Since there are relatively few U.S. coins of 1931 to 1933, where does that leave the numismatist who is drawn to this often gloomy era? While other nations also reduced coin production in the early ’30s, the process usually wasn’t as drastic as what took place in America. That means a wide range of world coins – often struck in modest numbers – are available.

The Royal Canadian Mint cranked out a full line of cents, nickels, dimes, quarters and half dollars in 1931 and 1932 while dropping the 50-cent piece in 1933. More than 21.3 million cents were struck in 1932, which was a large supply for an economically ravaged nation with a population of 10.5 million. The key Canadian coin of the early ’30s is the 1932 half dollar. Just 19,213 were made, and the vast majority saw considerable usage in circulation.

Economic woes in Mexico were reflected in much lower mintages. Production of minor pieces such as the 1 centavo and the 2, 5, 10 and 20 centavos were reduced or suspended in some years. No .720 fine silver 50 centavo pieces were struck from 1931 to 1933, while the silver peso wasn’t part of the Casa de Moneda’s 1931 product line.

In Great Britian, production of circulating coinage from farthings to shillings didn’t drop dramatically from 1920s levels with one notable exception. The great mystery coin of the era is the 1933 penny. Seven were struck, and the survivors are in museums or otherwise inaccessible to the market. One eBay consignor offered what was allegedly a 1933-dated large copper as part of a miscellaneous lot in 2010. After the coins drew some bidders and plenty of scrutiny, the lot was withdrawn.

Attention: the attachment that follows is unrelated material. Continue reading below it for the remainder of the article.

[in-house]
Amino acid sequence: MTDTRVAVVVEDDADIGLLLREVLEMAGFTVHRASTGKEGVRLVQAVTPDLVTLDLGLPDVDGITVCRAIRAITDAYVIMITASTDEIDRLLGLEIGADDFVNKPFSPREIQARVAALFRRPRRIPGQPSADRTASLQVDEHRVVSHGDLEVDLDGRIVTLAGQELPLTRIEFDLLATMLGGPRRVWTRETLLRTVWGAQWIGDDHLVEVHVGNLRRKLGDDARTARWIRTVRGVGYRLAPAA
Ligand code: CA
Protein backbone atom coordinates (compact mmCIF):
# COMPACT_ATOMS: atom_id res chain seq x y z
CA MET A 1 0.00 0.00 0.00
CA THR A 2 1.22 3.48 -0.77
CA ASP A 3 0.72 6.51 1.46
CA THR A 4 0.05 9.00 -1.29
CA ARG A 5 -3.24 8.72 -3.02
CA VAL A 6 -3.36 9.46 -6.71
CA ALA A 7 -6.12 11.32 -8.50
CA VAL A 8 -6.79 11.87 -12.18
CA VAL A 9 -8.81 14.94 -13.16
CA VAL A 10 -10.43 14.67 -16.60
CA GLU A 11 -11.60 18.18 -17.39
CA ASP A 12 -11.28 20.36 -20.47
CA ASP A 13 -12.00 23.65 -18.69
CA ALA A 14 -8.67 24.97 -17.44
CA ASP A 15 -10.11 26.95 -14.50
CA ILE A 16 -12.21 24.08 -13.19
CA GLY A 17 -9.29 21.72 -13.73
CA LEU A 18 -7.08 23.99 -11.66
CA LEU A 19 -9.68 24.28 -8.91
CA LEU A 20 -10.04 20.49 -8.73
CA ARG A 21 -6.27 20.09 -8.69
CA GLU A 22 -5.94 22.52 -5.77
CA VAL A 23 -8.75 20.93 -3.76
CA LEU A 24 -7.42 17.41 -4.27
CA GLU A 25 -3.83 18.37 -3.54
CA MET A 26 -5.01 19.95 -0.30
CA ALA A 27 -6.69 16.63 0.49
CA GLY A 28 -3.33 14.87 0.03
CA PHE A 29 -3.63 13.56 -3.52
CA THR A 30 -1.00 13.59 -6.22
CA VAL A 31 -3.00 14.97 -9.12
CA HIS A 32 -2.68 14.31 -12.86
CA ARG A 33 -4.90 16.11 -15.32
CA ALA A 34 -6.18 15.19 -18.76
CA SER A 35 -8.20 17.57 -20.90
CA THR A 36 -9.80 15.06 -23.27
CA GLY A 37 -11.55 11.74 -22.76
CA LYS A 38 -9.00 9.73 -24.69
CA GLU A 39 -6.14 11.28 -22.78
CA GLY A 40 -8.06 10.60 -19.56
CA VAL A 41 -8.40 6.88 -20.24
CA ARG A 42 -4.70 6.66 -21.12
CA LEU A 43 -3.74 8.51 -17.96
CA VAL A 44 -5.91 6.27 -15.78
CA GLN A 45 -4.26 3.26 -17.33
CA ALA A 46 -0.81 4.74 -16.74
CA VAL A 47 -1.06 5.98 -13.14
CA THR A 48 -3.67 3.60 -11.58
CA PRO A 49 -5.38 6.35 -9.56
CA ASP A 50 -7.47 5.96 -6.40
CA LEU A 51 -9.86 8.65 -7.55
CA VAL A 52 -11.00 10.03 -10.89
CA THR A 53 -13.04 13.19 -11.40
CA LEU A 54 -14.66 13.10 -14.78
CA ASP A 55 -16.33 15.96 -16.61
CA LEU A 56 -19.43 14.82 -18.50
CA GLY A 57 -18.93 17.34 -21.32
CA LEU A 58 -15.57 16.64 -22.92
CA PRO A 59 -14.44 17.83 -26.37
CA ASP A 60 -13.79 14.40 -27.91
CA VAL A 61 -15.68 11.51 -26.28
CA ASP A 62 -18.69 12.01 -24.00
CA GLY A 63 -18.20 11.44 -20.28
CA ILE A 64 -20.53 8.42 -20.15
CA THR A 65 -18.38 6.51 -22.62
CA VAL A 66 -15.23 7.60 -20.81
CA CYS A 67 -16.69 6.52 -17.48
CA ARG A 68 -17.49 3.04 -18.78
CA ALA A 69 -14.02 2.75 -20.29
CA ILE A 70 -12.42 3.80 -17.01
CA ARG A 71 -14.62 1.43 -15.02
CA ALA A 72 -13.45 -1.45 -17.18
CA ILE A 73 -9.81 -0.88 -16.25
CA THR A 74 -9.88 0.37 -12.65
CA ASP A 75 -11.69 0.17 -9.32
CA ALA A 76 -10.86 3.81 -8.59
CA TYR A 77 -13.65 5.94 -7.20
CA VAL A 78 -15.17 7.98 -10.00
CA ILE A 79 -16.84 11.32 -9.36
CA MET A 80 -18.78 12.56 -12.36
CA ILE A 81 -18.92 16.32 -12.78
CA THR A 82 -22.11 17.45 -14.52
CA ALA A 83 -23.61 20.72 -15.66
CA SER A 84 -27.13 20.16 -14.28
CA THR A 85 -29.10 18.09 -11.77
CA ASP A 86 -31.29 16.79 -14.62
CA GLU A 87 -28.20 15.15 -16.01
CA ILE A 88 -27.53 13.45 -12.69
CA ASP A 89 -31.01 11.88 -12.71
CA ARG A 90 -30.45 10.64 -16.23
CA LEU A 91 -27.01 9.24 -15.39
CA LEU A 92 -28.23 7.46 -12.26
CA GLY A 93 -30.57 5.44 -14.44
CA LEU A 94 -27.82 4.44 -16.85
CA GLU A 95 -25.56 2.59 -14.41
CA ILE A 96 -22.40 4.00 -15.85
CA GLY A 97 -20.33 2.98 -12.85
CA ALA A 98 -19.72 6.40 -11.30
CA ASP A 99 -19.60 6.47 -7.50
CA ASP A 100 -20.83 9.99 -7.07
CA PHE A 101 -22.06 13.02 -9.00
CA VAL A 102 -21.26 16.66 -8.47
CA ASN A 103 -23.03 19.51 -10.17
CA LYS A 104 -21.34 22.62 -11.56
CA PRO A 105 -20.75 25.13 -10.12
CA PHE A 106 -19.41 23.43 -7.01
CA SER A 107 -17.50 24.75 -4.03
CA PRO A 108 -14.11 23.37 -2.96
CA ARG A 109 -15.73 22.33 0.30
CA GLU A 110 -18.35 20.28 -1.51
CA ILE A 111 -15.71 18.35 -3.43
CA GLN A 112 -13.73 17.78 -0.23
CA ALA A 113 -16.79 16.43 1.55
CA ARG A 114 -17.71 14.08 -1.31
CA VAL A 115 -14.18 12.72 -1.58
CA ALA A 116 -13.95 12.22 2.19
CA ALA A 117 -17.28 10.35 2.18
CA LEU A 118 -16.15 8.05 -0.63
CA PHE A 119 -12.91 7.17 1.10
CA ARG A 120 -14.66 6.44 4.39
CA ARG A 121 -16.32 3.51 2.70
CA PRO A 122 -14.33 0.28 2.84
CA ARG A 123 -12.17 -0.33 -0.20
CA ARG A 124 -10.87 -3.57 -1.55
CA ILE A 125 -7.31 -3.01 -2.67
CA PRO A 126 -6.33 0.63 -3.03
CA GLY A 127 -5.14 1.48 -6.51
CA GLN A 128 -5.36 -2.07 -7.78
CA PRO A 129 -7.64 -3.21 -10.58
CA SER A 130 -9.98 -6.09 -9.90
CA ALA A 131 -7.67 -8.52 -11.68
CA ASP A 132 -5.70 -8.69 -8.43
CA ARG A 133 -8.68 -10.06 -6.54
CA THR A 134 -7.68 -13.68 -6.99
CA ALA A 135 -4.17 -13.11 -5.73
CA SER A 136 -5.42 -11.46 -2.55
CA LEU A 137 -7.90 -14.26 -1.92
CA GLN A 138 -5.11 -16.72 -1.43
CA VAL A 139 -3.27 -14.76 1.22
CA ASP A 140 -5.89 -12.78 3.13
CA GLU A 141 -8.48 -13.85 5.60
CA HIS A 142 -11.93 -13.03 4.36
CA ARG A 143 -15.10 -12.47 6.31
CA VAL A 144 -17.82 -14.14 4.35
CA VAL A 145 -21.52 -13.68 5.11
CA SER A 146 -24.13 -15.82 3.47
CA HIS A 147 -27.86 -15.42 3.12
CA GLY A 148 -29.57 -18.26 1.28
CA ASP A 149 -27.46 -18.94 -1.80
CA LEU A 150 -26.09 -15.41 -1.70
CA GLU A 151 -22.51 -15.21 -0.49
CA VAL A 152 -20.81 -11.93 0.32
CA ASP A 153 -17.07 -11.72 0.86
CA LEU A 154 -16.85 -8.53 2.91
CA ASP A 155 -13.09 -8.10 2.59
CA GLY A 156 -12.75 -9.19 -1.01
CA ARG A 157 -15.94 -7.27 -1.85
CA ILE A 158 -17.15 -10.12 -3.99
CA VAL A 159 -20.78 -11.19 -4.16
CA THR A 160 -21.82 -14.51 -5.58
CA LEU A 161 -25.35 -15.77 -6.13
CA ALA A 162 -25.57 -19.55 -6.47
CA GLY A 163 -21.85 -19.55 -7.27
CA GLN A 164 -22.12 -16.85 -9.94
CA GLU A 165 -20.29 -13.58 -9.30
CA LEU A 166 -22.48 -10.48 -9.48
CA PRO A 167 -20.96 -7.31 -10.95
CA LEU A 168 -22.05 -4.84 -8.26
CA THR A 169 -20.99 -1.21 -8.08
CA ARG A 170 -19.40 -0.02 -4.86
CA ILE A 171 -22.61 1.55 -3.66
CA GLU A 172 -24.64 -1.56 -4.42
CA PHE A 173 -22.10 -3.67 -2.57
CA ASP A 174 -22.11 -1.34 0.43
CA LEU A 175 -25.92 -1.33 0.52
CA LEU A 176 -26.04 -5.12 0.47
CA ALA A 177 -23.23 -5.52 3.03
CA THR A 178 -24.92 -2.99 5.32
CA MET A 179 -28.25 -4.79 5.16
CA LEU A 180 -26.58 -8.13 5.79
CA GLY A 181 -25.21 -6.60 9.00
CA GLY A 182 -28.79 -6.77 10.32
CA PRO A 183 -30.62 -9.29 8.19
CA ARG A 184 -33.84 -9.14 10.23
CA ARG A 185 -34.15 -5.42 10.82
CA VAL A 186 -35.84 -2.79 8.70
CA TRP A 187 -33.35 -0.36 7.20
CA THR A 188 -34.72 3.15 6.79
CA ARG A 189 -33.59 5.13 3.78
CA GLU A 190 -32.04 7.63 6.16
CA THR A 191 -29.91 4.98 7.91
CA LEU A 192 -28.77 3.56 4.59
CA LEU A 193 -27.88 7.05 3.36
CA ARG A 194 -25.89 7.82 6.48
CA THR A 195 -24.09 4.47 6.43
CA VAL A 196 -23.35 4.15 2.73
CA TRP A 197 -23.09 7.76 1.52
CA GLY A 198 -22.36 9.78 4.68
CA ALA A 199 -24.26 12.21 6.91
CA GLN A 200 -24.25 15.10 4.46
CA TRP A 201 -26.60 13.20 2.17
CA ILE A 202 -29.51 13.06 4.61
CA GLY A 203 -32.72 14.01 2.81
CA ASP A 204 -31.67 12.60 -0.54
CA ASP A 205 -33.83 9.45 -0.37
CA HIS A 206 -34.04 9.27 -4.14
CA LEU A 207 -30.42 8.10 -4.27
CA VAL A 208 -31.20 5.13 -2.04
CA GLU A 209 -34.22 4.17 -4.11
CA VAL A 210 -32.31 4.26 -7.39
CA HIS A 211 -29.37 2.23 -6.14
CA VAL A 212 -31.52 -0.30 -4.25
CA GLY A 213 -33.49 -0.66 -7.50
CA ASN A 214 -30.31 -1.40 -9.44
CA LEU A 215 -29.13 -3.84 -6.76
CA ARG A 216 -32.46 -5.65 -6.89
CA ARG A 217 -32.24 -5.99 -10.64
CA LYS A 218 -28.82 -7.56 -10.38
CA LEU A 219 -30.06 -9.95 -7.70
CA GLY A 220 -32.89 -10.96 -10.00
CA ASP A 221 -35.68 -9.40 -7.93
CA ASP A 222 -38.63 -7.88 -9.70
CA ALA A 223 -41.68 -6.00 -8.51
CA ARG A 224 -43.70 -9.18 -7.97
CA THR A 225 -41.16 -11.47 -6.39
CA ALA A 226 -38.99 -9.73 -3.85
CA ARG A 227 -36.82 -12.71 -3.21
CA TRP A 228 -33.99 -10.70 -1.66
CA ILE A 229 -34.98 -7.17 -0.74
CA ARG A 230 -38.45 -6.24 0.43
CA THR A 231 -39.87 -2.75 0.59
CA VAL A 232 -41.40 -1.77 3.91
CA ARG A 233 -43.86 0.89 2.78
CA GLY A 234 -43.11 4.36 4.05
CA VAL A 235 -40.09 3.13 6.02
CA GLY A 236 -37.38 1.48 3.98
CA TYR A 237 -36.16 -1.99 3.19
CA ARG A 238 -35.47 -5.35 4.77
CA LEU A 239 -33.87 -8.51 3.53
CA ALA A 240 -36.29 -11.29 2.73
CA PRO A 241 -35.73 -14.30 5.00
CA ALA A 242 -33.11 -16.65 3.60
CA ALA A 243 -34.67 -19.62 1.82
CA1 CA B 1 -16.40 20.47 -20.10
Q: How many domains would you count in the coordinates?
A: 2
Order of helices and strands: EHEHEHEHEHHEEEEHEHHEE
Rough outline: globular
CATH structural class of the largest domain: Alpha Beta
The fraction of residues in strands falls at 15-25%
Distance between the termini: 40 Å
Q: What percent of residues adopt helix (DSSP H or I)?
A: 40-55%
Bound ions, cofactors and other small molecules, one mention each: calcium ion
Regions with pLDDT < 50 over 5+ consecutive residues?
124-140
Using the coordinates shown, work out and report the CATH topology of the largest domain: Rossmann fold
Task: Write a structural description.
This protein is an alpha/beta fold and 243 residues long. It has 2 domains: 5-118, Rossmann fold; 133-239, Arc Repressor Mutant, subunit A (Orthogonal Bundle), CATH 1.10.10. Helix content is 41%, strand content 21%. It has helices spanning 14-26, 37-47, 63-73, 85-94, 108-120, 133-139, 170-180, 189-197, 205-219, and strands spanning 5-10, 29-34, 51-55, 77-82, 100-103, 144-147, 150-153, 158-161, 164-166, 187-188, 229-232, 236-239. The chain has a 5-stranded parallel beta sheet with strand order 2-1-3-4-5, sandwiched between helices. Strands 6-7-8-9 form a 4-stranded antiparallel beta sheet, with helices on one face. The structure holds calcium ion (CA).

Germany was in transition from the Weimar Republic to Hitler’s Third Reich. Minor coinage such as the 1 reichspfennig and pure nickel 50 reichspfennig remained in production while the 2 and 5 reichspfennig were temporarily put on hold. The one-year 4 reichspfennig of 1932 is a natural for collectors who like unusual denominations.

Commemorative .500 fine silver 3 reichsmark pieces changed themes and designs annually and circulated throughout Germany. The swastika didn;t appear on German coinage until 1936. The 1483-1933 .625 fine silver 2 reichsmark commemorative honoring the 450th anniversary of Martin Luther’s birth enjoys wide demand.

Check out smaller nations for interesting items of 1931 to 1933. Ireland was in poor financial condition even prior to the Depression, so it’s no surprise that coin production was sporadic from 1931 to 1933. The 1932 Guatemalan 2 centavo is a one-year type coin, and the copper 1 centavo was the only other coin struck during the 1930s by the Central American nation.

The Netherlands discontinued the silver 1/2 gulden after 1930. No copper 2 1/2-cent pieces were struck during the entire decade, and the diminutive silver 10-cent coin was on the shelf from 1931 to 1933. On the positive side, the diamond-shaped Dutch 5-cent piece with its elegant design was made in 1932 and 1933.

One other Dutch coin will surely appeal to history-minded numismatists. The 1933 10 gulden is a fractional (.1947 ounce) piece that sells for bullion-related prices. If the owning a 1933-dated gold coin is appealing, also take a look at the Czech 1933 dukat. From copper to gold, the coins of the early 1930s are enduring mementos of one of the toughest times in the past century.